Deb Polich: I wanted to say that WEMU is part of this big scene. Speaking of WEMU, that’s creative: impact. And our guest is Bob Hosparaduk, secretary of the 110 year old Zal Gaz Grotto, one of Ann Arbor’s oldest music venues. So what about your audience? How do you advertise them and how do you reach them? Is that because of you as a club or because of the artists?

Bob Hospardaruk: It’s both. Our members had to learn to work with the internet and get social media going so we could advertise, and we encourage the bands that play with us to try and end their own social media presence, and then we always share this through our various channels. We of course have a Facebook page and we have a website and we have an Instagram account. So we try to share all the artist stuff that they give us, and we also put their events that they have in our club on our calendar. And we also have a really great email list from our friends in the Grotto organization. Similar to other nonprofits where you might have an adult drink. To do this, you have to be some kind of member of the grotto. And we have really reasonable friends to offer with Grotto membership, and we have a really big email list of really great fans of local Ann Arbor music. So this really helps.

Deb Polich: Everyone is invited. You don’t have to be a member to participate.

Bob Hospardaruk: That’s right.

Deb Polich: And food and drink and cover. I noticed that there is a food truck in front of the door?

Bob Hospardaruk: Yes. Kosas from Rosa. We really developed a business relationship with our friend Jeff from Cosas of Rosa during the pandemic, and it’s probably one of the best Mexican food in town. And he served a food truck from our large kitchen. That means he used to do preparatory work in our large kitchen. And since the pandemic came, he has moved his cooking and sales operations to our building. And you can get really excellent Cosas of Rosas food.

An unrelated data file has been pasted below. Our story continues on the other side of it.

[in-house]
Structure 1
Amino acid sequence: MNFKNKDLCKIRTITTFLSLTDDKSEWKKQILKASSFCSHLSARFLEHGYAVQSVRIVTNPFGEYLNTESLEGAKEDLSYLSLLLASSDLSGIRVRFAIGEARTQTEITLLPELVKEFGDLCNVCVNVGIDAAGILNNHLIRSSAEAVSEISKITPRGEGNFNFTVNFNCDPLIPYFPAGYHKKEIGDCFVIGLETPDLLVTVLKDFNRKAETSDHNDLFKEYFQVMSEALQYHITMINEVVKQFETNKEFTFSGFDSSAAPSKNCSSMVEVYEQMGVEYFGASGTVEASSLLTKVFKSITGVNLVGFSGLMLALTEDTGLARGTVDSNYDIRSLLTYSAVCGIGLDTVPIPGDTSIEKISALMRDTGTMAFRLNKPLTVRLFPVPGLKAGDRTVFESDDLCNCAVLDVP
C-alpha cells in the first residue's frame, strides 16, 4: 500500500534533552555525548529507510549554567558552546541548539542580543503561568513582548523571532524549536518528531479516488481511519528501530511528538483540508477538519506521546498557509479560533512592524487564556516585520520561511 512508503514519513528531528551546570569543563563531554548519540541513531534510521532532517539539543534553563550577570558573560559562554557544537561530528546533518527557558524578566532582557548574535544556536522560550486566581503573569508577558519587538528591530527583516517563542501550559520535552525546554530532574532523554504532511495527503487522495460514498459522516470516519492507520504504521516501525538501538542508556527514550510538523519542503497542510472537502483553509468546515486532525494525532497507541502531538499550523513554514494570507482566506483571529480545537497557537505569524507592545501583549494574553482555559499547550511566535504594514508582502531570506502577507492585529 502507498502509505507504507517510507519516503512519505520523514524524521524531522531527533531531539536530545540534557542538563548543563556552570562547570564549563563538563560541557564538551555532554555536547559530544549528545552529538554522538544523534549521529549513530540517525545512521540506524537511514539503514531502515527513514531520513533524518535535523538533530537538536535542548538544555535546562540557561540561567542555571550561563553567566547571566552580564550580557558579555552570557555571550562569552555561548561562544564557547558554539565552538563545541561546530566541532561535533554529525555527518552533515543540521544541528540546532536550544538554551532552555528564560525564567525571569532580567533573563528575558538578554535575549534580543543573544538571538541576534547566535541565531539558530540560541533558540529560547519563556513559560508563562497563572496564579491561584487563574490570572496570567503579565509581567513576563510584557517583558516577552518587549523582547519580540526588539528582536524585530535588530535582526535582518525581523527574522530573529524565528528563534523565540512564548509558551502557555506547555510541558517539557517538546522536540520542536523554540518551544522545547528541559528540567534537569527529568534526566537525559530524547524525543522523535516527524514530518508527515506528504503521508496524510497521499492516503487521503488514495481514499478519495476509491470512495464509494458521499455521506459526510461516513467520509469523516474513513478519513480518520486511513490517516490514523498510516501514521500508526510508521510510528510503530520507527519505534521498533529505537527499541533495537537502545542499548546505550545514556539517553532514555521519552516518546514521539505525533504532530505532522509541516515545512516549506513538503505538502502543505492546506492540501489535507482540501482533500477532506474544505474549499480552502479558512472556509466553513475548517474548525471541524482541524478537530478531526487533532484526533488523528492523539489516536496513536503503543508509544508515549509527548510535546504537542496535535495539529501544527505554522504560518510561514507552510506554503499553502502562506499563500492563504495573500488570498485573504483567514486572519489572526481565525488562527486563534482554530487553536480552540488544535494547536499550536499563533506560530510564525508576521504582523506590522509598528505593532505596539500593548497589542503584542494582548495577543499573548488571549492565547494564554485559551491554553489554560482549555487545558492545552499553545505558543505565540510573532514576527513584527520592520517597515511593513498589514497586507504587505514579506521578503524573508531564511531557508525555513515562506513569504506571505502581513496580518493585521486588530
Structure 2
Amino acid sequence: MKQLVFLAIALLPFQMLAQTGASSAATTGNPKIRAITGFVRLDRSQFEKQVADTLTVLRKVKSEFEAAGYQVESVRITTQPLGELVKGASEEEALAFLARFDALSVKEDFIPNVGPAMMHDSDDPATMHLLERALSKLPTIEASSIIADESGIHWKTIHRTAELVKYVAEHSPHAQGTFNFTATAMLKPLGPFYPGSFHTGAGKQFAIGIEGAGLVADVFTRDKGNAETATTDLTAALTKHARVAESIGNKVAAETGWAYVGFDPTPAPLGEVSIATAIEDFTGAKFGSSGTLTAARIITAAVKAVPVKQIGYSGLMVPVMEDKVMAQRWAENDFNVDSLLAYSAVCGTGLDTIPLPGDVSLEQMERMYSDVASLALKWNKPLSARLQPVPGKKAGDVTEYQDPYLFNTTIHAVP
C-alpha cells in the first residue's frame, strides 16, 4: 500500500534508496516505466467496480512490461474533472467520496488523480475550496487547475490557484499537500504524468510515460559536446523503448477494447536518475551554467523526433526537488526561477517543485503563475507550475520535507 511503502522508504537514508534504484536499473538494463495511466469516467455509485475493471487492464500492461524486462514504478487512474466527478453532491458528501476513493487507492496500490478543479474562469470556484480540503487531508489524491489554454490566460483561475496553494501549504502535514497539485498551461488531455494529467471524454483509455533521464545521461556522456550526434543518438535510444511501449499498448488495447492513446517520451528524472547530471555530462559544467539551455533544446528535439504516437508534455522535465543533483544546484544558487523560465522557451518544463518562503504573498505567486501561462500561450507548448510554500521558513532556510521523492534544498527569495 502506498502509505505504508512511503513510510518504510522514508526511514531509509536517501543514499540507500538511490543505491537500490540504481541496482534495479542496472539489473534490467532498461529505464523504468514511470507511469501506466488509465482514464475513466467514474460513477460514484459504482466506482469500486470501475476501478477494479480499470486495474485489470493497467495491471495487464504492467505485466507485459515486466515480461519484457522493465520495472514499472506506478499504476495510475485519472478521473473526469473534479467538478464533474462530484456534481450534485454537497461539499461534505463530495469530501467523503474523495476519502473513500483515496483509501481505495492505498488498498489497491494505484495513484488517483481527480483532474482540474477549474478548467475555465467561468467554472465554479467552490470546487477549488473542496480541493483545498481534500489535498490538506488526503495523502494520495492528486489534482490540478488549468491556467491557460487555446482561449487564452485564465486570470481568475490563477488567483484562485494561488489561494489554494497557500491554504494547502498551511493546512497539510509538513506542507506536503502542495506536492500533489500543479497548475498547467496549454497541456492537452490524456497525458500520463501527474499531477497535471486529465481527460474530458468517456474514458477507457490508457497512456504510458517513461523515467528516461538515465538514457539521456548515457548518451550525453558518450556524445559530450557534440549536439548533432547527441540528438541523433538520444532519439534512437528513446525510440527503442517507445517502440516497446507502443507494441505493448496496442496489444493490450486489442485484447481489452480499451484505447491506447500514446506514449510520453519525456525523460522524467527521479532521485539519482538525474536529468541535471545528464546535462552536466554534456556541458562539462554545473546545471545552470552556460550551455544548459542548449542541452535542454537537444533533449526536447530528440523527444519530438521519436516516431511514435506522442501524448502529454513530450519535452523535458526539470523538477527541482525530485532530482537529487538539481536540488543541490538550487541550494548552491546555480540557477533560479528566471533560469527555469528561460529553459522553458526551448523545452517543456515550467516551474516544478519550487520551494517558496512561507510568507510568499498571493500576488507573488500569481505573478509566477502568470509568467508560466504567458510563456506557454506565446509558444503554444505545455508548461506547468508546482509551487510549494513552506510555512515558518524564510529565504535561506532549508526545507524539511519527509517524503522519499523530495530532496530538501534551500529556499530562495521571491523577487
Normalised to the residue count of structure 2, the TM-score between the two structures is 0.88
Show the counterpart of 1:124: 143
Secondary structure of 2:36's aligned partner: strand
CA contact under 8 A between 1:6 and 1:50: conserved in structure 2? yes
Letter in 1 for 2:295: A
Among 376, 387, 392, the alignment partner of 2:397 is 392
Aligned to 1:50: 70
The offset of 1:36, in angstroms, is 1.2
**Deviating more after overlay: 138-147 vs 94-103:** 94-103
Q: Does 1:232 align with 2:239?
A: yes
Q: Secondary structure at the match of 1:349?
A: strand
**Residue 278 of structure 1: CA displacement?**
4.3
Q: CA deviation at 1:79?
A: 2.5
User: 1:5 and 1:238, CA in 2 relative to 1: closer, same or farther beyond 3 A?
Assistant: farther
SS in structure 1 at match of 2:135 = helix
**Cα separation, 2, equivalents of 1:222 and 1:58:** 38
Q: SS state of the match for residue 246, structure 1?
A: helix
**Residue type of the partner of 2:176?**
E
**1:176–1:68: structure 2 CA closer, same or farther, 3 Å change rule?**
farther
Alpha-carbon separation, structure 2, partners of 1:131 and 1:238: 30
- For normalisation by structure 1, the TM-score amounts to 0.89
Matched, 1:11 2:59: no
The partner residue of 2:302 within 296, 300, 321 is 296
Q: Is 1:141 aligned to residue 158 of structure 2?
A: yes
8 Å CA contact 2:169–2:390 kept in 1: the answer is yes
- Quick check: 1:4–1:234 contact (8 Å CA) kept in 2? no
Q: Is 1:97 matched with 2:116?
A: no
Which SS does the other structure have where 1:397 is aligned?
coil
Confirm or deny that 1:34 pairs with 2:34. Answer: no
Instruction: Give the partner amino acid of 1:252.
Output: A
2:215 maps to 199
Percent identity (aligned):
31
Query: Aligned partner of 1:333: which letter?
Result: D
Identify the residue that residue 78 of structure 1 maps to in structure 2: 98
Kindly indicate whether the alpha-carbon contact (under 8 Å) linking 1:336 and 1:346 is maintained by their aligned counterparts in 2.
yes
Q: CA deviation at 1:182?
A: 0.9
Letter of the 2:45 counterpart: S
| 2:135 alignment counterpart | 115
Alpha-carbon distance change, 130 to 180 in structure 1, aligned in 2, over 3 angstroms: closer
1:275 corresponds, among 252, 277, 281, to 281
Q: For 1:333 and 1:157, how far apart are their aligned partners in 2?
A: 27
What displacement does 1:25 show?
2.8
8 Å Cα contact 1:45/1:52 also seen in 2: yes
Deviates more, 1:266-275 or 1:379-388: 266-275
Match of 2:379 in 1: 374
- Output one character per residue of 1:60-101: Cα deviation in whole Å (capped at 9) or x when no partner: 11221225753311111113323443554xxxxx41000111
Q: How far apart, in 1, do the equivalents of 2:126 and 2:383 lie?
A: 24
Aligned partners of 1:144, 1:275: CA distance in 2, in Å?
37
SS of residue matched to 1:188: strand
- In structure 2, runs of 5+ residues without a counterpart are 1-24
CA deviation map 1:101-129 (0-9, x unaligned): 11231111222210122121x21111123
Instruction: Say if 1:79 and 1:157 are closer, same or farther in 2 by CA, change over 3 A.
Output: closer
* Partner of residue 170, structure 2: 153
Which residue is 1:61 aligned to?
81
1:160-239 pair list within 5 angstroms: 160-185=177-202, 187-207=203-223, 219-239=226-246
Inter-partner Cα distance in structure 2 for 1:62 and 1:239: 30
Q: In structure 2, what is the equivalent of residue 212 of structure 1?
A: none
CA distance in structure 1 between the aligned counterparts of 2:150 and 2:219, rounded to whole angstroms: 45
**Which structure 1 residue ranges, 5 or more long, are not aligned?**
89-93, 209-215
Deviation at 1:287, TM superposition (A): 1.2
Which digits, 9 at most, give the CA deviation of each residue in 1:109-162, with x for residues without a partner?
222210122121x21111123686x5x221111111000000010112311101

Deb Polich: It’s very good. I had the opportunity to try that. Thanks for that – good food. So, you know, after 110 years the grotto still produces that glee and glee and laughter, mostly and often by the best of Ann Arbor’s musicians. Thank you for taking us to the grotto. It was a pleasure to have you at creative: impact, Bob.

Bob Hospardaruk: Oh, that’s fantastic and I hope to see you there soon.

Deb Polich: Absolutely. This is Bob Hospardaruk, secretary of the 110 year old Zal Gaz Grotto and a gem of the Ann Arbor music venue here in our area, with many of the best musicians in the area. Find out more about Bob and the grotto at WEMU dot org. I’m Deb Polich, President and CEO of Creative Washtenaw and temporary solo presenter of creative: impact. Join me for another informative and exciting creative Washtenaw guest next week. We let David Fair continue his recovery and look forward to his return in late November. Further information on today’s guests and topics can be found at WEMU dot org. I’m Deb Polich and this is your community NPR radio station, 89 a WEMU FM and WEMU HD a Ypsilanti.

Non-commercial, fact-based reporting is made possible by your financial support. Make your donation to WEMU today to help your NPR station flourish in your community.

Like 89.1 WEMU on Facebook and follow us on Twitter

Comments are closed.